Facebook Inc., the world’s most popular social-networking site, has attracted millions of users with new ways of staying in touch. At the same time, the service continually tests their tolerance for sacrificing privacy.
Now it has provoked a fresh skirmish -- this time with members of the U.S. Congress. Yesterday, aides to Senator Charles Schumer, a New York Democrat, met in Washington with Elliot Schrage, Facebook’s public relations and policy chief, to discuss concerns about the company’s privacy policies. Schumer has had talks with colleagues about holding congressional hearings, according to a person familiar with the proceedings.
Senator Mark Begich, a Democrat from Alaska, said he’s worried about new data-gathering capabilities Facebook has introduced and what he sees as the company’s arrogance in brushing off questions about its practices. The site has launched a feature that builds restaurant guides and music playlists derived from personal information supplied by users and their Facebook friends.
Facebook, based in Palo Alto, California, plans to hold a meeting with employees at 4 p.m. local time to discuss privacy issues, according to a person familiar with the decision. Facebook routinely holds staff meetings on a variety of topics.
Begich, Schumer and two Democrat colleagues -- Al Franken of Minnesota and Michael Bennet of Colorado -- wrote a letter dated Apr. 27 to Facebook Chief Executive Officer Mark Zuckerberg, taking him to task over how this commercially valuable information is being shared with other websites and marketers, sometimes without users’ consent.
In early May, Begich sent aides to meet with Facebook in Washington. So far, Begich said, nothing has changed. Facebook’s inaction “tells me that we need to elevate this so they understand how important it is,” he said.
Since its start in 2004, Facebook has amassed one of the world’s richest stores of facts and figures related to consumer behavior. The status updates, product-related musings, friendship connections and entertainment preferences shared by more than 400 million people worldwide make the site attractive to marketers and Web publishers.
“People are now recognizing that Facebook has an economic incentive to encourage people to be more public” about their consumer preferences, said Danah Boyd, a researcher at Microsoft Corp., which has invested in Facebook.
Zuckerberg, who turns 26 tomorrow, started Facebook as a Harvard University undergraduate. Users are increasingly willing to put out more of their information online, he says.
“People have gotten comfortable not only sharing more information and different kinds but more openly and with more people,” Zuckerberg said at an industry event in San Francisco in January.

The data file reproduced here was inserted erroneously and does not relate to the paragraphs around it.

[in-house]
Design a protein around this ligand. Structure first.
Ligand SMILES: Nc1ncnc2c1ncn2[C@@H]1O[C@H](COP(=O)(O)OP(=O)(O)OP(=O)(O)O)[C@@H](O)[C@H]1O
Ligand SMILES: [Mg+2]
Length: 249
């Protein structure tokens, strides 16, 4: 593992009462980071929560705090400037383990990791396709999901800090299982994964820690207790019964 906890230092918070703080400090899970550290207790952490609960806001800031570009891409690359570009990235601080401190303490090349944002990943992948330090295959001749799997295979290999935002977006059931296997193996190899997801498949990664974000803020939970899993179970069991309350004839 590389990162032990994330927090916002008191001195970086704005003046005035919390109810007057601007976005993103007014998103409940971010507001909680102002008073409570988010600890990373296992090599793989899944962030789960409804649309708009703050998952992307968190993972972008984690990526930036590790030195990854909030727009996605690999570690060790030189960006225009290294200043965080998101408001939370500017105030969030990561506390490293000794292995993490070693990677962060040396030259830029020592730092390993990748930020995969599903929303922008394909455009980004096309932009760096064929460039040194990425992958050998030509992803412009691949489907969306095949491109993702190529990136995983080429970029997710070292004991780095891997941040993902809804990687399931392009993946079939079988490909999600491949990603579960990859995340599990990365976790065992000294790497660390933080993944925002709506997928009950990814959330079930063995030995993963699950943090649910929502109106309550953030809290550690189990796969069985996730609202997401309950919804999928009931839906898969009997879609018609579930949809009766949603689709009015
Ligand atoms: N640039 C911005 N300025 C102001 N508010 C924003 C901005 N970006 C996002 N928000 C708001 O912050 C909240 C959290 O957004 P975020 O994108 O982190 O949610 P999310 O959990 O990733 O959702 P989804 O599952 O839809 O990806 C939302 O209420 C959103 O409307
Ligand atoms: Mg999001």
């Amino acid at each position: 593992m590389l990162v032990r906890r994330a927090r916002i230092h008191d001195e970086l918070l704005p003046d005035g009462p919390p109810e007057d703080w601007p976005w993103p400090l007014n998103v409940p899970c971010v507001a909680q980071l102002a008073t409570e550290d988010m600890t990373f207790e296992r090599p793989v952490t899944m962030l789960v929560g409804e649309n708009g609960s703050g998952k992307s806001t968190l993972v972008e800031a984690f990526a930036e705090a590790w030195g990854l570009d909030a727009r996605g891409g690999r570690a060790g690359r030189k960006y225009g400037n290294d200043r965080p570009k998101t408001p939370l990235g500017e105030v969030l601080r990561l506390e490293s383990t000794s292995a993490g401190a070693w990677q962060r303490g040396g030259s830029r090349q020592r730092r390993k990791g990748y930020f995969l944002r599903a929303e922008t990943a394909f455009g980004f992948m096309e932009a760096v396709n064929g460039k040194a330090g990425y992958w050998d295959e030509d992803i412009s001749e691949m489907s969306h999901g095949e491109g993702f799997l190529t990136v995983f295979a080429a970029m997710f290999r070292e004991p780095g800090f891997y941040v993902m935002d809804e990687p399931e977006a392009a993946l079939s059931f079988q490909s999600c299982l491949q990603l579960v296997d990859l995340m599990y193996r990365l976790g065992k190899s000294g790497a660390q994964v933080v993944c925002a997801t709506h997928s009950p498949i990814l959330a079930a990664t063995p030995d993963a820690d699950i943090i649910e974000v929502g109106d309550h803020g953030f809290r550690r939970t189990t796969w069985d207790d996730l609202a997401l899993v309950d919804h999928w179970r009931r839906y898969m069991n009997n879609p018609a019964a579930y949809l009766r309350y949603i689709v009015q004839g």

Even so, earlier privacy complaints have sparked changes at Facebook, such as the closure of its Beacon feature.
The company started Beacon in 2007, offering a way to broadcast user activity within the network and tracking what Facebookers did elsewhere on the Web. Beacon did all of this without asking users’ permission. Facebook patrons protested and Zuckerberg publicly apologized. In September 2009, the company shut Beacon down.
“We learned from Beacon that there’s always a challenge of innovating faster than your users understand or accept,” said Facebook’s Schrage.
New features bear similarities to Beacon. In addition to the playlist-and-restaurant-guide technology, Facebook now lets ESPN, Levi Strauss & Co. or anyone else install a “like” button on their website.
Facebook users who visit one of these properties and click “like” may unknowingly identify themselves as fans of a certain brand, letting that company access their personal information. In theory, the sites could then sell that data to advertisers targeting Facebook users. Schrage said no partner currently does so.
If users don’t want their information to be shared, they have to sift through their Facebook account settings and click a series of boxes. “Every one of these incidents begins with Facebook sliding the privacy settings” to make disclosure of information easier, said Eben Moglen, a law professor at Columbia.
In their Apr. 27 letter, the four senators urged Zuckerberg to reverse some of the most recent changes to Facebook.
“Users should have to choose to share their information, not the other way around,” they wrote. The following week, 15 consumer groups filed a complaint with the Federal Trade Commission. Yesterday, officials from 30 European countries wrote a letter to Facebook, saying it was “unacceptable” for the company to have “fundamentally changed” the site’s default settings.
Facebook’s Schrage said the most recent changes are all entirely proper. He attributes the backlash to a public- relations failure.
“We need to do a better job of communicating to all of our users -- whether they are senators in Washington or regular people.”
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